Freedom of Information Act

Discussion in 'Current Affairs, News and Analysis' started by big-timer, Sep 24, 2003.

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  1. I recently attended a (compulsory) presentation on the effects that this act is going to have on just about everything we do when it becomes law in Jan 05. I'll admit that I hadn't even heard of it before I attended the presentation.

    I wonder how much of the Army is living in blissful ignorance of this scary subject.

    From my limited understanding of the presentation I attended, I got the impression that everyone from North Korean intelligence agencies to the IRA can ask the MOD just about any question they want and in most cases we will be obligated to give out the information, as we will want to keep back our limited 'jokers' to stop the REALLY sensitive info getting out there.

    Can anyone put my mind at rest?
  2. I am certain that the MOD civil servants will be able to successfully obfuscate, delay and generally avoid providing an answer which is either understandable or accurate.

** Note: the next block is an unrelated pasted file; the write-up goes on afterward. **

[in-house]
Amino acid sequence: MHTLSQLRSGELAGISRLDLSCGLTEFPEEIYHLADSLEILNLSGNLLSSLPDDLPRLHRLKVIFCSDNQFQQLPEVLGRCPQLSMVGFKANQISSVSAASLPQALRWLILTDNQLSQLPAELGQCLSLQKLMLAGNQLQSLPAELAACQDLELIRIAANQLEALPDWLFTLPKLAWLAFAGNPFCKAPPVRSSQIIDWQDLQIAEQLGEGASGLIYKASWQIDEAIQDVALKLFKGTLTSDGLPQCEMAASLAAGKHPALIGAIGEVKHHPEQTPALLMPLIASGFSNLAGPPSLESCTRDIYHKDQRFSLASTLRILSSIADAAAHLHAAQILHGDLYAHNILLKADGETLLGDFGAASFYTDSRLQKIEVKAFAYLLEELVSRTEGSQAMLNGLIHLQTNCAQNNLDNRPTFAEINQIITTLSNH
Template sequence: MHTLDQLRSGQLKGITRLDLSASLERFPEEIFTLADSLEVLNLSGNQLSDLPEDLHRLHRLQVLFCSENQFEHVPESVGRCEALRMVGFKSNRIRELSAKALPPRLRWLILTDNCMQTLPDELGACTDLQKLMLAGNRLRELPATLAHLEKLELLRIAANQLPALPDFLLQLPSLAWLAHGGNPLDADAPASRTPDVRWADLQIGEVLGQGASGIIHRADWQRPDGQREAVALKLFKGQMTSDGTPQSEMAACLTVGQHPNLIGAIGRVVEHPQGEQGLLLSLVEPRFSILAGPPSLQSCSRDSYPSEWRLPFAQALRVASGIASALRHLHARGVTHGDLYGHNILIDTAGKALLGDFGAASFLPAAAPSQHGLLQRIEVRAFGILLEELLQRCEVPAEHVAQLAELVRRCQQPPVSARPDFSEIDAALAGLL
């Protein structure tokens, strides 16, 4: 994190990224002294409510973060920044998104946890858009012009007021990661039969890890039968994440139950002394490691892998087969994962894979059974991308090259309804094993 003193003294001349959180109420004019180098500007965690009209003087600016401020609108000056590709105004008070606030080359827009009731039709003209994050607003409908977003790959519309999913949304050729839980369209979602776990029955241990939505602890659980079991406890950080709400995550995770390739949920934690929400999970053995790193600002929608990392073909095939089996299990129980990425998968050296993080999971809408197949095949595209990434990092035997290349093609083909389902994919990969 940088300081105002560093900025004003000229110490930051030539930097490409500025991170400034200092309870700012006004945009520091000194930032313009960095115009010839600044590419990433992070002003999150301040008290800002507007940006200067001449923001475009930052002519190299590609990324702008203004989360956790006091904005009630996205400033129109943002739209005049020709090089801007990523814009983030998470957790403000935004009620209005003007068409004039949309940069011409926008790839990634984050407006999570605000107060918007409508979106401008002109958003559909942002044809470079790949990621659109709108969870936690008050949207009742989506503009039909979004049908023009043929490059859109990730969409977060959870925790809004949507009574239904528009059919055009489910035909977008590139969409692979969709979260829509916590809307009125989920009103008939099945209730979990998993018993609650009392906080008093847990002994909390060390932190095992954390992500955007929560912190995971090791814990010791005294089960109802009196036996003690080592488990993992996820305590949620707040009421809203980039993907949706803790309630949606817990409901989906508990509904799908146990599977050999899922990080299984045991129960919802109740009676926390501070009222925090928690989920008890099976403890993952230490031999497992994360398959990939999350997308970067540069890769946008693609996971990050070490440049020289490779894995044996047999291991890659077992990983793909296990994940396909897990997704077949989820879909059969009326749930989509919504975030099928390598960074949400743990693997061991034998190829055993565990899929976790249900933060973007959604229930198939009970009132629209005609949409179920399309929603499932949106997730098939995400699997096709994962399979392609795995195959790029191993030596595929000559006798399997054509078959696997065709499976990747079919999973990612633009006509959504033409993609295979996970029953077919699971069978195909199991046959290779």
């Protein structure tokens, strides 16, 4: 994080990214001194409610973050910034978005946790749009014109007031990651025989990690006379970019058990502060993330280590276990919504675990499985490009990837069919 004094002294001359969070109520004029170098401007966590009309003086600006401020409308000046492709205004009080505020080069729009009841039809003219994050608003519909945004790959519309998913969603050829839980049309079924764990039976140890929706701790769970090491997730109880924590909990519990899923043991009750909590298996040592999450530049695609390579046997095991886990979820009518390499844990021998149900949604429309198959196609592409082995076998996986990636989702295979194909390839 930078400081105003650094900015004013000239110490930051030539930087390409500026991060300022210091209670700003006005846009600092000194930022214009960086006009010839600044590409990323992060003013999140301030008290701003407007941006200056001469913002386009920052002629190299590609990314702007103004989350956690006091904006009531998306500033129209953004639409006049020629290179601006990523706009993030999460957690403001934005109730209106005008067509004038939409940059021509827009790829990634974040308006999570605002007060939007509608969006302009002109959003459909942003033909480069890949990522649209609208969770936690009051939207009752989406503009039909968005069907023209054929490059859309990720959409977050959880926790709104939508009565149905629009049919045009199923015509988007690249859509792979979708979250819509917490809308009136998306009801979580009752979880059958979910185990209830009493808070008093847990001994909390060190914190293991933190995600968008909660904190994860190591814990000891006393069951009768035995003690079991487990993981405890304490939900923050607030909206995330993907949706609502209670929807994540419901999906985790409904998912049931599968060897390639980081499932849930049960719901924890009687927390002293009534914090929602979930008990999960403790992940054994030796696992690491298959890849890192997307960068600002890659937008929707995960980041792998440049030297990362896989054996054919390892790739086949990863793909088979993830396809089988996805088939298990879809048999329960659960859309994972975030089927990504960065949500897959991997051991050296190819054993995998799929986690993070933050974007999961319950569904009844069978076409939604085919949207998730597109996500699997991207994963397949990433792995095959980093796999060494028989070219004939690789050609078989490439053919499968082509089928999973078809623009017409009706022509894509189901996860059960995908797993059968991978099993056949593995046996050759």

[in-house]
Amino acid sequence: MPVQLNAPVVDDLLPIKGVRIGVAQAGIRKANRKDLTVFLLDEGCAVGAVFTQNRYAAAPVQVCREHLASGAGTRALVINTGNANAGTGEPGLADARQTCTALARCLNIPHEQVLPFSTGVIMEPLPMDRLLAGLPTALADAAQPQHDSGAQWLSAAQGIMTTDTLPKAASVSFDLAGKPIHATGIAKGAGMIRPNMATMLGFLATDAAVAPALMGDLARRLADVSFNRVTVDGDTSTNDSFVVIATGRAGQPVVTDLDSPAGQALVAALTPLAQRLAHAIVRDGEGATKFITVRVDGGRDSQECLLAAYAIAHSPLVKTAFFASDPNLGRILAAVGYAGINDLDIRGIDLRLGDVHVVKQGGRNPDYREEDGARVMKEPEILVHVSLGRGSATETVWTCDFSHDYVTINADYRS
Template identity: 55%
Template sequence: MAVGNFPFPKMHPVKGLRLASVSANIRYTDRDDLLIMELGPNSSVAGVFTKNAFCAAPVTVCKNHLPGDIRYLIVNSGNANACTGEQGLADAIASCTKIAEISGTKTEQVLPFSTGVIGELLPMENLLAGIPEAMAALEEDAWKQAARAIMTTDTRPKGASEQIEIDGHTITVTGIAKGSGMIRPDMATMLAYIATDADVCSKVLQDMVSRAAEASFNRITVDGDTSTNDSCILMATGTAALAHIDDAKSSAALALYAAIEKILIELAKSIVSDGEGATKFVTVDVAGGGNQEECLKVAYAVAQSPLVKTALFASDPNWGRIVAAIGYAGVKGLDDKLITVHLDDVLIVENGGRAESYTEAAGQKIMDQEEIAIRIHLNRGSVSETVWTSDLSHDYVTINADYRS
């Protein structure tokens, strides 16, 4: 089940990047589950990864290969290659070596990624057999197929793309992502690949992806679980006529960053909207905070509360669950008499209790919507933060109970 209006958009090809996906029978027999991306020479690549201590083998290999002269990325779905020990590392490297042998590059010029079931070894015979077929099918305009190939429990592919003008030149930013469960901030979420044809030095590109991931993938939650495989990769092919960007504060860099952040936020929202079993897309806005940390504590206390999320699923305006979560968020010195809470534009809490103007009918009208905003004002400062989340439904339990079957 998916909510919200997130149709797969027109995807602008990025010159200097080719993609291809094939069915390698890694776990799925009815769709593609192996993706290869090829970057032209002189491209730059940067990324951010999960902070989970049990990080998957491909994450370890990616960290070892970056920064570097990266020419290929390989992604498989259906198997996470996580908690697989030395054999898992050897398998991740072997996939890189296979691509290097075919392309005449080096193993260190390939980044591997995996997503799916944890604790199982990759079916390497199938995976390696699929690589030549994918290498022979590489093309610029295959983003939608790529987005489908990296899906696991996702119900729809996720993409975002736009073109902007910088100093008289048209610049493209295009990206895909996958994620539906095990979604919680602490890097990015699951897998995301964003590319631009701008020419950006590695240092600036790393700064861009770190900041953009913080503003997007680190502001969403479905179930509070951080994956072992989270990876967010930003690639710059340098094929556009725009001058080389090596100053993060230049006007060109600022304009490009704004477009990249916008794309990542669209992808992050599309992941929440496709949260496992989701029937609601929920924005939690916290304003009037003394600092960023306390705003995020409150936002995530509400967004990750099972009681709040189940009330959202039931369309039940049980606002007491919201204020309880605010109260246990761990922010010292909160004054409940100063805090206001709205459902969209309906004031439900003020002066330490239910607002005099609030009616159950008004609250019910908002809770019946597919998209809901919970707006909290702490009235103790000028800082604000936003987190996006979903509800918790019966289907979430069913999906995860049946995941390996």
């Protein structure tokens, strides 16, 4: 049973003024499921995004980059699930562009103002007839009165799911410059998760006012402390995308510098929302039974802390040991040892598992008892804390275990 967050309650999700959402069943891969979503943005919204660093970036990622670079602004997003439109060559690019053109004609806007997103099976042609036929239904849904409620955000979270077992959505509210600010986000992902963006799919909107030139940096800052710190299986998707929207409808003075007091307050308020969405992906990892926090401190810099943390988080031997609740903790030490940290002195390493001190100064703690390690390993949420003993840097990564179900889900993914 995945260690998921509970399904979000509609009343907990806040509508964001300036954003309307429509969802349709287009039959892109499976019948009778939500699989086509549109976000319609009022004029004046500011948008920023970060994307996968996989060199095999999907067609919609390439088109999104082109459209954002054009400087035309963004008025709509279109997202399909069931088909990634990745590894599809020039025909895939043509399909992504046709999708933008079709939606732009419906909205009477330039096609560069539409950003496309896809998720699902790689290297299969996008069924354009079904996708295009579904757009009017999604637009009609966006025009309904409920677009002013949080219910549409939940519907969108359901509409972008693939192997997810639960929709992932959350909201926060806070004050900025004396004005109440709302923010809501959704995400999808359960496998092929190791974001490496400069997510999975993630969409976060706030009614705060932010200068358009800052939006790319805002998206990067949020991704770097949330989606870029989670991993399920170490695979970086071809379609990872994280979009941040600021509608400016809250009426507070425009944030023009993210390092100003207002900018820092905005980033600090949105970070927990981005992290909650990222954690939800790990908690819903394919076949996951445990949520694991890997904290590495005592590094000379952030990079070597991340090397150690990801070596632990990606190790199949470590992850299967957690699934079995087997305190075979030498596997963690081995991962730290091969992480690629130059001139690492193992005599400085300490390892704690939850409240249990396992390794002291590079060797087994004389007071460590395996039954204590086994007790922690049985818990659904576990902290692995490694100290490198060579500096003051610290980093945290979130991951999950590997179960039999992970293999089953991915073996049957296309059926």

At least, that's my experience! :lol:
  3. They can ask, and they certainly do, but they don't get. Anything marked Confidential, Secret, Top Secret and/or with UK Eyes 'A', 'B', etc, just doesn't make it to foreign countries unless it's is leaked or sneaked, contrary to the Official Secrets Act. Then the person(s) can expect the full weight of the law against them.
  4. ViroBono,
    very true mate, LOL.
  5. Gunny

    Yeah, that's what I thought right up until I got this briefing. Apparently that's not going to be the case any more after Jan 05. After that the marking of a file doesn't stop it being released if someone has specifically asked for the information.

    True the official secrets act stops any individual from releasing info, but the Freedom of Information Act means that the organisation is REQUIRED to release it, unless an exemption applies. These exemptions aren't very robust and can be overridden by some Governmental Mandarin called the Information Minister.

    They were even talking about classifiying documents by paragraph! So that only the really secret part of a secret document is held back.

    It's bloody worrying!
  6. well considering stuff from ww2 is still kept secret .and a lot of classified stuff is there because it is inconvient if the truth got out
    sa80 fiasco and politically embarassing .
    Stuff should be kept secret if it needs to be not just because we can.
    Would I be going out to desert for 4 months if the iraq data had been out in the open before ?
  7. But don't forget the irregular verb from 'Yes, Prime Minister':

    I give unattributable briefings;
    You leak;
    He is prosecuted under the OSA ...!